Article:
11 JUNE 1920, Page 17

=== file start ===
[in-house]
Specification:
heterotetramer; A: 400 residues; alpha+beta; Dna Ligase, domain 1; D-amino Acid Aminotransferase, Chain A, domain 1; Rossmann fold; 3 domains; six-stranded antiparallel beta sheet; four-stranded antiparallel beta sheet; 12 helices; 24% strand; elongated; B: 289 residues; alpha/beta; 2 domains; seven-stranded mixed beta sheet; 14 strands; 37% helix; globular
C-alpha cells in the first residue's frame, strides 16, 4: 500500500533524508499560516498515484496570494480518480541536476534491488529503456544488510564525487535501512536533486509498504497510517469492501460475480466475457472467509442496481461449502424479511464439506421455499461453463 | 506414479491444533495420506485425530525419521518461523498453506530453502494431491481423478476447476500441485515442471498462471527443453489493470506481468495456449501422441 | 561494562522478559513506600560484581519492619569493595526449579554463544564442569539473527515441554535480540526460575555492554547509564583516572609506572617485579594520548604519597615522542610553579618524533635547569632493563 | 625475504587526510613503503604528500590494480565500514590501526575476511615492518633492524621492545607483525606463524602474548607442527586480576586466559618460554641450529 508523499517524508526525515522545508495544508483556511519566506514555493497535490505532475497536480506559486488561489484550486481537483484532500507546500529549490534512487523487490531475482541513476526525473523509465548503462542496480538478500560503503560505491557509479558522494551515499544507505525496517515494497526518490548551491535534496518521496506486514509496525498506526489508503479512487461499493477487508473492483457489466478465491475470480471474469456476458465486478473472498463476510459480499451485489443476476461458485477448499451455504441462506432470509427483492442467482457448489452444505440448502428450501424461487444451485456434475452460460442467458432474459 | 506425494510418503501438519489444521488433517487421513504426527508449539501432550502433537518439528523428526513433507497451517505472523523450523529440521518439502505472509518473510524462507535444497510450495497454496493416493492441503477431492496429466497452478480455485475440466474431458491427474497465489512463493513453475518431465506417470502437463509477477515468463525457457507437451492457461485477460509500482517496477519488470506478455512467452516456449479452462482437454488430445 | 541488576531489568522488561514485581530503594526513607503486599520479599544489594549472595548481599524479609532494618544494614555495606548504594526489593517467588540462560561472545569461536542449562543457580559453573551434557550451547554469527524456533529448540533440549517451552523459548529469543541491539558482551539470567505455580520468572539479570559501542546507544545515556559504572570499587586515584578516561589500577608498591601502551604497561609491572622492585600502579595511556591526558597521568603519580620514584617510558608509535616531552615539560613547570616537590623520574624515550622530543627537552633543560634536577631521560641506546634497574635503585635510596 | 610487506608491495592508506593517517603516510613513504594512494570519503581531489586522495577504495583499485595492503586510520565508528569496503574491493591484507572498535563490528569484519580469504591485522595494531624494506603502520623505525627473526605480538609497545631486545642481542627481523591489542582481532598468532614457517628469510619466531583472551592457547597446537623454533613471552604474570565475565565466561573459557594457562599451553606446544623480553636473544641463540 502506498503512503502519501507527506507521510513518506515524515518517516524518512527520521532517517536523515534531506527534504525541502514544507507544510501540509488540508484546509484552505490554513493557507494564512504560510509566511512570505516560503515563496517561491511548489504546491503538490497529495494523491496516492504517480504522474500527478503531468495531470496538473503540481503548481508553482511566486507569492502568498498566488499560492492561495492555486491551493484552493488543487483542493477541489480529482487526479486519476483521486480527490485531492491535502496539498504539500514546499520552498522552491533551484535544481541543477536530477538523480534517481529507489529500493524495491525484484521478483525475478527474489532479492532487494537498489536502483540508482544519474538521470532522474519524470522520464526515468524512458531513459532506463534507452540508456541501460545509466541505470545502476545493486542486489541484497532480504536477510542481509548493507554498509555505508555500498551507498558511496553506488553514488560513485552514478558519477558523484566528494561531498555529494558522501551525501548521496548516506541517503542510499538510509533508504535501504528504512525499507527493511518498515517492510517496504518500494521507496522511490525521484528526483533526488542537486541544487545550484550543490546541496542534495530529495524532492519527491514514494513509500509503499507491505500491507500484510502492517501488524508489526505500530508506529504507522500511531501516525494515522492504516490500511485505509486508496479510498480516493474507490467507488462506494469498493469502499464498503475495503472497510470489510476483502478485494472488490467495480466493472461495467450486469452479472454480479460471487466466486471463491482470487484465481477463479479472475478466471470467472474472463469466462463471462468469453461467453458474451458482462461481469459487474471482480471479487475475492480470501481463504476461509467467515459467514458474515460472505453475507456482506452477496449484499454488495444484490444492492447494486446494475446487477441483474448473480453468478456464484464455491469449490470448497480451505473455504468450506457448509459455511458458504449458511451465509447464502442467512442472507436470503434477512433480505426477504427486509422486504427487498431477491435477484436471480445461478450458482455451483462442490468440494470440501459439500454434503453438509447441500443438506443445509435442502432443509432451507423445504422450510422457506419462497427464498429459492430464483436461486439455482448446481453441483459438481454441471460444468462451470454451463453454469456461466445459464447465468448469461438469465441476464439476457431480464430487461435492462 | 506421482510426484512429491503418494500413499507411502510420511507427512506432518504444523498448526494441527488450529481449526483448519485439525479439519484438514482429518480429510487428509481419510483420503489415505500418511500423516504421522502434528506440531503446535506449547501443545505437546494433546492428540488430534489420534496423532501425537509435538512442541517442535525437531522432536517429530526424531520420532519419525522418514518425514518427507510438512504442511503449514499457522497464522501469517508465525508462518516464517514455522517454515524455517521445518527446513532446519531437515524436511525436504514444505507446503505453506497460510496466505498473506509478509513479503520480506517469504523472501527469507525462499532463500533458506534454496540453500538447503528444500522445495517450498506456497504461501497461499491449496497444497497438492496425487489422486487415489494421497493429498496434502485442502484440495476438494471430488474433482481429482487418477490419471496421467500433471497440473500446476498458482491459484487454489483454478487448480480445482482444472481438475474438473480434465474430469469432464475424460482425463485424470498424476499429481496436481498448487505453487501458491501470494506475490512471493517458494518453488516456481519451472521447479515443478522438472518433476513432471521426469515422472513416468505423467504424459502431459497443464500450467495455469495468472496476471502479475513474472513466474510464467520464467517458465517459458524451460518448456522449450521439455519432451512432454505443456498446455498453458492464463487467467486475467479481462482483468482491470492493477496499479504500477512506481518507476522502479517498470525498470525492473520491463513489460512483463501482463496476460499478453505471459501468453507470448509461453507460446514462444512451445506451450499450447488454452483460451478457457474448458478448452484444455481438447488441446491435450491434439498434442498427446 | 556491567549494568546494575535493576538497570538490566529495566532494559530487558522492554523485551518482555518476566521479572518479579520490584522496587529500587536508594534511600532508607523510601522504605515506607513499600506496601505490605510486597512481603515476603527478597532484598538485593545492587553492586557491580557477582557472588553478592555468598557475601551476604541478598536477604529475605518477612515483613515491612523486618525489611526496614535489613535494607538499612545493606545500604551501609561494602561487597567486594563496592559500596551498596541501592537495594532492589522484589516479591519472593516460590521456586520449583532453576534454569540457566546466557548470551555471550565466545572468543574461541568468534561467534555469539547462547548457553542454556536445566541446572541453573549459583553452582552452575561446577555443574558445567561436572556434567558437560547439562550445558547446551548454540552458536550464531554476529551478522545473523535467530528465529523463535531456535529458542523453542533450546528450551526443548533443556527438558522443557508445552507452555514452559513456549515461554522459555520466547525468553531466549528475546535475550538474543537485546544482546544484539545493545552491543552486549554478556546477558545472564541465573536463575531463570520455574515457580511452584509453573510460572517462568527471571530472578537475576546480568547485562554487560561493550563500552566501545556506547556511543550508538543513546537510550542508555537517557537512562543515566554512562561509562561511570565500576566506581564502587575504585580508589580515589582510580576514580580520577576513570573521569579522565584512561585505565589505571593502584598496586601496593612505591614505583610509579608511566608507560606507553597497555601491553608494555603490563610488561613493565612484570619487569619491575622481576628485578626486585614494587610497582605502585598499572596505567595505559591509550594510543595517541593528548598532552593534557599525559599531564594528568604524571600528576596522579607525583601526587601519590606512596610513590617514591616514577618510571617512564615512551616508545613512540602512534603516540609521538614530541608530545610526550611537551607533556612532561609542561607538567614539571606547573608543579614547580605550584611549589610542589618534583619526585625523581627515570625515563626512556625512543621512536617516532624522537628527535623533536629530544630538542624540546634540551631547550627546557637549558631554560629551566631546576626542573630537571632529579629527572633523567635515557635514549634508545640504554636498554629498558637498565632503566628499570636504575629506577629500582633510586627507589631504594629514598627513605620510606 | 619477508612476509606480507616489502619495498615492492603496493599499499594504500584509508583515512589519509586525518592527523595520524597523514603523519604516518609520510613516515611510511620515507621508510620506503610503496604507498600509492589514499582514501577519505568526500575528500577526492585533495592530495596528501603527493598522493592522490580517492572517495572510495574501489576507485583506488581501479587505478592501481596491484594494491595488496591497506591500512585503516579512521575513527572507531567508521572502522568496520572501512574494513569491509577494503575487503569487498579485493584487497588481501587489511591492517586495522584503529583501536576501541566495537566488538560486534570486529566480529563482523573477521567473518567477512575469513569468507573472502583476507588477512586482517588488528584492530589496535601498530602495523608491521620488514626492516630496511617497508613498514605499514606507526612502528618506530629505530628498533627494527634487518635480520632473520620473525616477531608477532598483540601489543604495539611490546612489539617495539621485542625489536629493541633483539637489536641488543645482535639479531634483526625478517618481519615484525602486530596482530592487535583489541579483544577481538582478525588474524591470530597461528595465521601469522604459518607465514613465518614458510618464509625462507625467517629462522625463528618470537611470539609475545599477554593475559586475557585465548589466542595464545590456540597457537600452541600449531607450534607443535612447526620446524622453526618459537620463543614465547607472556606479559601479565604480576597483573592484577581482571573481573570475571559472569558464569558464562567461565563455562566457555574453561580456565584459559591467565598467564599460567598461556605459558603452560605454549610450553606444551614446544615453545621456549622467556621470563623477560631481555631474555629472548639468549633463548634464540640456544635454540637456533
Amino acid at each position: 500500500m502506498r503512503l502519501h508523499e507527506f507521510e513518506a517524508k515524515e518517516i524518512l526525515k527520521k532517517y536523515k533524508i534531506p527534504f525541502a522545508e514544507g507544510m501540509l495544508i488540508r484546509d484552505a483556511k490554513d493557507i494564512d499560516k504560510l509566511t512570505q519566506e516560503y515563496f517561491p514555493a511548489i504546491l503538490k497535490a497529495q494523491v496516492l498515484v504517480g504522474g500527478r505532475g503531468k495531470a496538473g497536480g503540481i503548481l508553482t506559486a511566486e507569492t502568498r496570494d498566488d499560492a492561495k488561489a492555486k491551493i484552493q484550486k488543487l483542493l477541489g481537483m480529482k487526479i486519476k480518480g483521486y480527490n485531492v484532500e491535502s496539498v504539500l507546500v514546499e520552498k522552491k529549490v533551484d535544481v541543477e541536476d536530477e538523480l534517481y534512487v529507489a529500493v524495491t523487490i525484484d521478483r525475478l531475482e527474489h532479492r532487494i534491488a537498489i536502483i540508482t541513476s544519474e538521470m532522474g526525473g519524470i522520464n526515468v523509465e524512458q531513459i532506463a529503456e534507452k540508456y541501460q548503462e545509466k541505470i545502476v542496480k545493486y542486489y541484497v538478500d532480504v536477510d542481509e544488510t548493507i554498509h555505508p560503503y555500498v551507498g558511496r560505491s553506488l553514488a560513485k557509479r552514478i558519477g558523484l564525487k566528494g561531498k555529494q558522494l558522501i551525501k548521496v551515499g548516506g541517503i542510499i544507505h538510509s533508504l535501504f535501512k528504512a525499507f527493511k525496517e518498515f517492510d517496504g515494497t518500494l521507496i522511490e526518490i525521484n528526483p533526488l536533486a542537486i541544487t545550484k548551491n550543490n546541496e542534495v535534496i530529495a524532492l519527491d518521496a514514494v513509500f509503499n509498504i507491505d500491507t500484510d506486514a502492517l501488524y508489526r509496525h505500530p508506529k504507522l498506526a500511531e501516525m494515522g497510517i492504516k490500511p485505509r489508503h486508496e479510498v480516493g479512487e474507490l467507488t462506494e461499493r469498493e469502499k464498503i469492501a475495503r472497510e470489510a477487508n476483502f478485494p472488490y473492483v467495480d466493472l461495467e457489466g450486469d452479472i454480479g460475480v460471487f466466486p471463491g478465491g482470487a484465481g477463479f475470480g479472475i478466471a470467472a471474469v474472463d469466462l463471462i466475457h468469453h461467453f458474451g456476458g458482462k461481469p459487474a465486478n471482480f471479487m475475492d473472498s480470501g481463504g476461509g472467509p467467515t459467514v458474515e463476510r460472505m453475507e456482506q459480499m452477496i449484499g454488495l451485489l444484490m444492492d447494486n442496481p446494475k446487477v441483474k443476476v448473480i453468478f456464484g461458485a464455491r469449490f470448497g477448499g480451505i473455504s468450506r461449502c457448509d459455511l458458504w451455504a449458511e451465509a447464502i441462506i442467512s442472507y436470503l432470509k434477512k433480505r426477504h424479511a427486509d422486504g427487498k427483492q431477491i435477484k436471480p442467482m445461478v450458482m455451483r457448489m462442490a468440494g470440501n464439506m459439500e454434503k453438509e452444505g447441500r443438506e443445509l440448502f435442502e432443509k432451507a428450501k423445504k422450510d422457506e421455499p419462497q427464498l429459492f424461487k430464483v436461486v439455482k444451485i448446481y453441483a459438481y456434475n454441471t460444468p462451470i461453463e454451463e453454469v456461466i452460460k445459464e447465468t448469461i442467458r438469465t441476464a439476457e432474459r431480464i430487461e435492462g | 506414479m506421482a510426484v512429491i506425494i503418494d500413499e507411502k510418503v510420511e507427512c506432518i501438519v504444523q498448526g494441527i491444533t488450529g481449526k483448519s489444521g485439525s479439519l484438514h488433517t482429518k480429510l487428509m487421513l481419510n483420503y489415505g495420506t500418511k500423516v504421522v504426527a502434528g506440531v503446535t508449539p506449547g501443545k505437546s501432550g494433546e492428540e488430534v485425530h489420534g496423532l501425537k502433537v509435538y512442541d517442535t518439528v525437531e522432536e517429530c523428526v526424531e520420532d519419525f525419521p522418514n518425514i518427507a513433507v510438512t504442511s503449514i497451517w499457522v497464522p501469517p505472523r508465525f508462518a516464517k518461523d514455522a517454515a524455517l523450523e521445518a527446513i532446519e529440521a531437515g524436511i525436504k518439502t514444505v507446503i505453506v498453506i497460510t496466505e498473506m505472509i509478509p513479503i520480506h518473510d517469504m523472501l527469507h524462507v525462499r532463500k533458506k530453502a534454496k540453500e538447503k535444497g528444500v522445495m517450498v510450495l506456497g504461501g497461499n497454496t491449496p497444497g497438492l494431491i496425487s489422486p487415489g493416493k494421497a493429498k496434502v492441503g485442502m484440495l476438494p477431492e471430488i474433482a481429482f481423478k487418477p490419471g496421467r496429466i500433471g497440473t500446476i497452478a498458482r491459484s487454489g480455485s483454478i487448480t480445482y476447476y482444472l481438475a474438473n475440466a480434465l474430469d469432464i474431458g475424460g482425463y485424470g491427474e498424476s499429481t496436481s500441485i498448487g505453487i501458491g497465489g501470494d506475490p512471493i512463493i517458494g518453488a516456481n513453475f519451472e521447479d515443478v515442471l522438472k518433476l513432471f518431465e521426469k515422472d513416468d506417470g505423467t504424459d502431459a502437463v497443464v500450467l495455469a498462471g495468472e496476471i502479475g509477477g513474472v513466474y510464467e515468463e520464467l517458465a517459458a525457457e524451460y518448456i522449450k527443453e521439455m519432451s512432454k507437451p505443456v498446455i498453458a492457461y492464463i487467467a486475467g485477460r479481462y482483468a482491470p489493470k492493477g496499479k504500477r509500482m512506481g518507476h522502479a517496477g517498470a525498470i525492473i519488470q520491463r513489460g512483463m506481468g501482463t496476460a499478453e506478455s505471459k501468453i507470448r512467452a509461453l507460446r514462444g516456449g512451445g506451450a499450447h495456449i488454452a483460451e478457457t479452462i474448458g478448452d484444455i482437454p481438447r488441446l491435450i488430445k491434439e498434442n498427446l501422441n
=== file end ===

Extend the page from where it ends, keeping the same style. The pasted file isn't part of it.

Sia,—Mr. Vaughan, in his interesting letter published in the Spectator on May 29th, considers that I "take an over-pessi- mistic view of the status of this bird (buzzard) in England before the war." I should like to point out that the reappear- ance of the bird, and the gradual extension of its range in the West Country, covers a period reaching far back into the pre- war days. Neither, upon careful comparison, can I see wherein Mr. Vaughan's observations differs from mine. He also states that, given fair play, " there is no reason why the buzzard should not lend an extra charm to the wilds of the West for many years to come." My article was written partly in the ,hope of inducing game-preservers to give the bird that fair play, on which its continued existence, in the relatively restricted areas where it is still found in thee islands, admittedly depends. Otherwise there is too much reason to fear that the buzzard will yet go the way of the sadly miscalled common kite. The statements I made in my article, which you published on May 15th, summarize the results of my continuous observation of the buzzard in Devonshire for many years.—I